The top six are set, with Bernadeau or Leary fighting it out for the left guard position and the loser becoming the top backup on the interior. Parnell is in the final year of his deal, and if Weems develops, I wonder if the Cowboys would look for a trading partner. They have invested a lot in Parnell in time and money for him to be a backup, so it would be a risk, but perhaps one worth taking. Weems had a decent offseason. Clarke gets the nod as the No. 9 guy right now, but veteran Uche Nwaneri could work his way into the mix.

DEFENSIVE LINE (10)

I think the Cowboys will go heavy here, especially considering what happened last year and the numbers they have thrown at the position this year. Four of them are rookies -- Lawrence, Gardner, Bishop and Coleman. I believe Anthony Spencer and possibly Amobi Okoye will start the year on the physically unable to perform list, so they don’t make this 53-man roster with the idea that they join the team after the sixth game of the season. Wilson garnered the last spot over a 2013 starter, Nick Hayden, but there will be a few players in the mix for the final few spots, including Ben Bass.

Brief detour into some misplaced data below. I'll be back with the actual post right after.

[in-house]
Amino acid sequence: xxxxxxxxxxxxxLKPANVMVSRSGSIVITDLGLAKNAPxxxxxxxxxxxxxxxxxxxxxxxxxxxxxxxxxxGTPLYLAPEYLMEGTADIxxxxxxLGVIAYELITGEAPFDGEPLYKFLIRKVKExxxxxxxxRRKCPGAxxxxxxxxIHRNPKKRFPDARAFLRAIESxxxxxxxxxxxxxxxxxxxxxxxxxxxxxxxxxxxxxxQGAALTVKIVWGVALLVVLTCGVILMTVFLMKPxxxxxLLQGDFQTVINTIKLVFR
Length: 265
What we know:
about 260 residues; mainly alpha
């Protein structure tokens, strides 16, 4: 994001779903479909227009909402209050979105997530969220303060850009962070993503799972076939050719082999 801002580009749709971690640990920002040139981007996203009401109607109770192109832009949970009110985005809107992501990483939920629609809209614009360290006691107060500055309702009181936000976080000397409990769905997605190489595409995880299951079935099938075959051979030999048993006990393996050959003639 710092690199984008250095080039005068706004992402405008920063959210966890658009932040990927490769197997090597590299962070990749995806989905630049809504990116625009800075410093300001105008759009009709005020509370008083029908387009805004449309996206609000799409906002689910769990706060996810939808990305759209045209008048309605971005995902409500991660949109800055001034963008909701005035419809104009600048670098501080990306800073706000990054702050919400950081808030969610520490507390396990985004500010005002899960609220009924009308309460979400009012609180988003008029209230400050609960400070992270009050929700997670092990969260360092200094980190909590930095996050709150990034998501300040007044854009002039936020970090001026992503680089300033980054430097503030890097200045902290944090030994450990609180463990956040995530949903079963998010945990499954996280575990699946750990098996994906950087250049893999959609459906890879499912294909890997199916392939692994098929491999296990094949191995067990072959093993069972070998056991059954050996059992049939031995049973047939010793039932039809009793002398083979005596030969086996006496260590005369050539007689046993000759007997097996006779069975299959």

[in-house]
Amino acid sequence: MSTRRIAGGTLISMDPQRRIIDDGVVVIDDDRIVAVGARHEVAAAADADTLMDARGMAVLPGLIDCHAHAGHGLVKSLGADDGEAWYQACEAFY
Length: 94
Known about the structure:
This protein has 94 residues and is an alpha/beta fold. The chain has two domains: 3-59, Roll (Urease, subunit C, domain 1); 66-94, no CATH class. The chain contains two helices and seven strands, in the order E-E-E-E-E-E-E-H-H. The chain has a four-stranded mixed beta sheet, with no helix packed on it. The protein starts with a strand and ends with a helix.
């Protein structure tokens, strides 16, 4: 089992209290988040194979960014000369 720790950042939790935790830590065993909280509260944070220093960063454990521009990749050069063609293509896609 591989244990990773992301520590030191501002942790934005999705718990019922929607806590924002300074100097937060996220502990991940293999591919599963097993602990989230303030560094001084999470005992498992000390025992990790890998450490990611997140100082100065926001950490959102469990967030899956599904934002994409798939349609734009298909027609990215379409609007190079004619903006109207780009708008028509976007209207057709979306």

LINEBACKER (7)

Carrying seven linebackers might be a little heavy, but I have special teams in mind when it comes to Will Smith. He benefits from having only two quarterbacks on the 53-man roster. The Cowboys spent the offseason telling us games are won and lost up front, so carrying an extra offensive or defensive linemen could get in this mix as well. McClain gets a spot only because of his experience. Backups of Holloman, Hitchens and Smith would be tough considering their youth, and I can see the Cowboys looking for veteran backup help around the final cut dates.

CORNERBACK (5)


Carr and Claiborne have to play exceptionally well for this defense to have a chance, and they might have to do it without much help from a consistent pass rush. Scandrick is coming off his best season, and Claiborne will have to beat him out to reclaim the starting spot. Moore can play inside and out. Mitchell showed in his limited offseason work that he can make plays. Last year’s fourth-round pick, B.W. Webb, will have to fight for a spot. Based on his offseason work, he did not make the cut for this roster.